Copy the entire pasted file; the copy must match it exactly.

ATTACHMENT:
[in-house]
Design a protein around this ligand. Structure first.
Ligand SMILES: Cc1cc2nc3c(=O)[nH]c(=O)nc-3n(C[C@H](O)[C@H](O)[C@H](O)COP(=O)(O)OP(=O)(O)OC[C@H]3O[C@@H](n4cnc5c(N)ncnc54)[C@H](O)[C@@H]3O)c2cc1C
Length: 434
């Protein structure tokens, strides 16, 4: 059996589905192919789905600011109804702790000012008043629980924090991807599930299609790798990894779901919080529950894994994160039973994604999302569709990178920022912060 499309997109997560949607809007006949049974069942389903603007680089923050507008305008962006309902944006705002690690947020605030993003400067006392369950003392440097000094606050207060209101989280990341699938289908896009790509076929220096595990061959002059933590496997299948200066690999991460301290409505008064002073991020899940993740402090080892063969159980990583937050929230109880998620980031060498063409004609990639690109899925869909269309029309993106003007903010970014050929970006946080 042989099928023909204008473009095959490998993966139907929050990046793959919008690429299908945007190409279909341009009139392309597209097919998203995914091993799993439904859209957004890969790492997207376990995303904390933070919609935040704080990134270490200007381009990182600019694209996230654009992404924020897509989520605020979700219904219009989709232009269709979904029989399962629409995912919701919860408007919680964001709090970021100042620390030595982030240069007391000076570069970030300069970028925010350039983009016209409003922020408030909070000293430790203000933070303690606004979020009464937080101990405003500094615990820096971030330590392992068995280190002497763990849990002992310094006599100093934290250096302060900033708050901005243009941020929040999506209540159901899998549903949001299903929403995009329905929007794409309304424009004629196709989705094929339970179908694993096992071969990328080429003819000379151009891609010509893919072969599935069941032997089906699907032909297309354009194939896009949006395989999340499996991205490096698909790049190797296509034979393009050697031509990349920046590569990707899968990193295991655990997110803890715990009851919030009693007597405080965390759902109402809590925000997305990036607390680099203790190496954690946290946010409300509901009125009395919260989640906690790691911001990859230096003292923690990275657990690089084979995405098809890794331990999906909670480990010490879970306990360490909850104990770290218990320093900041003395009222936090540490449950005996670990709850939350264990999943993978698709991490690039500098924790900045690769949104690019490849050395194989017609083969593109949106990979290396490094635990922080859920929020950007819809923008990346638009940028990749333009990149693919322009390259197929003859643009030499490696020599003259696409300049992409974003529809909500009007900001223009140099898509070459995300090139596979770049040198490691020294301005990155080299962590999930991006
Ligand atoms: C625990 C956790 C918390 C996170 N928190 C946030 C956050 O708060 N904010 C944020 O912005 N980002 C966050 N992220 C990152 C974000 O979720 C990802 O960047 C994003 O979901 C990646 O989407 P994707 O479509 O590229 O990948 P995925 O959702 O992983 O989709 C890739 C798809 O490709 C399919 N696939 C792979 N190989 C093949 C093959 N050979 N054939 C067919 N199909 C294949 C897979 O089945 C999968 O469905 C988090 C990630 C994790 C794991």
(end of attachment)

[in-house]
Design a protein around this ligand. Structure first.
Ligand SMILES: Cc1cc2nc3c(=O)[nH]c(=O)nc-3n(C[C@H](O)[C@H](O)[C@H](O)COP(=O)(O)OP(=O)(O)OC[C@H]3O[C@@H](n4cnc5c(N)ncnc54)[C@H](O)[C@@H]3O)c2cc1C
Length: 434
């Protein structure tokens, strides 16, 4: 059996589905192919789905600011109804702790000012008043629980924090991807599930299609790798990894779901919080529950894994994160039973994604999302569709990178920022912060 499309997109997560949607809007006949049974069942389903603007680089923050507008305008962006309902944006705002690690947020605030993003400067006392369950003392440097000094606050207060209101989280990341699938289908896009790509076929220096595990061959002059933590496997299948200066690999991460301290409505008064002073991020899940993740402090080892063969159980990583937050929230109880998620980031060498063409004609990639690109899925869909269309029309993106003007903010970014050929970006946080 042989099928023909204008473009095959490998993966139907929050990046793959919008690429299908945007190409279909341009009139392309597209097919998203995914091993799993439904859209957004890969790492997207376990995303904390933070919609935040704080990134270490200007381009990182600019694209996230654009992404924020897509989520605020979700219904219009989709232009269709979904029989399962629409995912919701919860408007919680964001709090970021100042620390030595982030240069007391000076570069970030300069970028925010350039983009016209409003922020408030909070000293430790203000933070303690606004979020009464937080101990405003500094615990820096971030330590392992068995280190002497763990849990002992310094006599100093934290250096302060900033708050901005243009941020929040999506209540159901899998549903949001299903929403995009329905929007794409309304424009004629196709989705094929339970179908694993096992071969990328080429003819000379151009891609010509893919072969599935069941032997089906699907032909297309354009194939896009949006395989999340499996991205490096698909790049190797296509034979393009050697031509990349920046590569990707899968990193295991655990997110803890715990009851919030009693007597405080965390759902109402809590925000997305990036607390680099203790190496954690946290946010409300509901009125009395919260989640906690790691911001990859230096003292923690990275657990690089084979995405098809890794331990999906909670480990010490879970306990360490909850104990770290218990320093900041003395009222936090540490449950005996670990709850939350264990999943993978698709991490690039500098924790900045690769949104690019490849050395194989017609083969593109949106990979290396490094635990922080859920929020950007819809923008990346638009940028990749333009990149693919322009390259197929003859643009030499490696020599003259696409300049992409974003529809909500009007900001223009140099898509070459995300090139596979770049040198490691020294301005990155080299962590999930991006
Ligand atoms: C625990 C956790 C918390 C996170 N928190 C946030 C956050 O708060 N904010 C944020 O912005 N980002 C966050 N992220 C990152 C974000 O979720 C990802 O960047 C994003 O979901 C990646 O989407 P994707 O479509 O590229 O990948 P995925 O959702 O992983 O989709 C890739 C798809 O490709 C399919 N696939 C792979 N190989 C093949 C093959 N050979 N054939 C067919 N199909 C294949 C897979 O089945 C999968 O469905 C988090 C990630 C994790 C794991």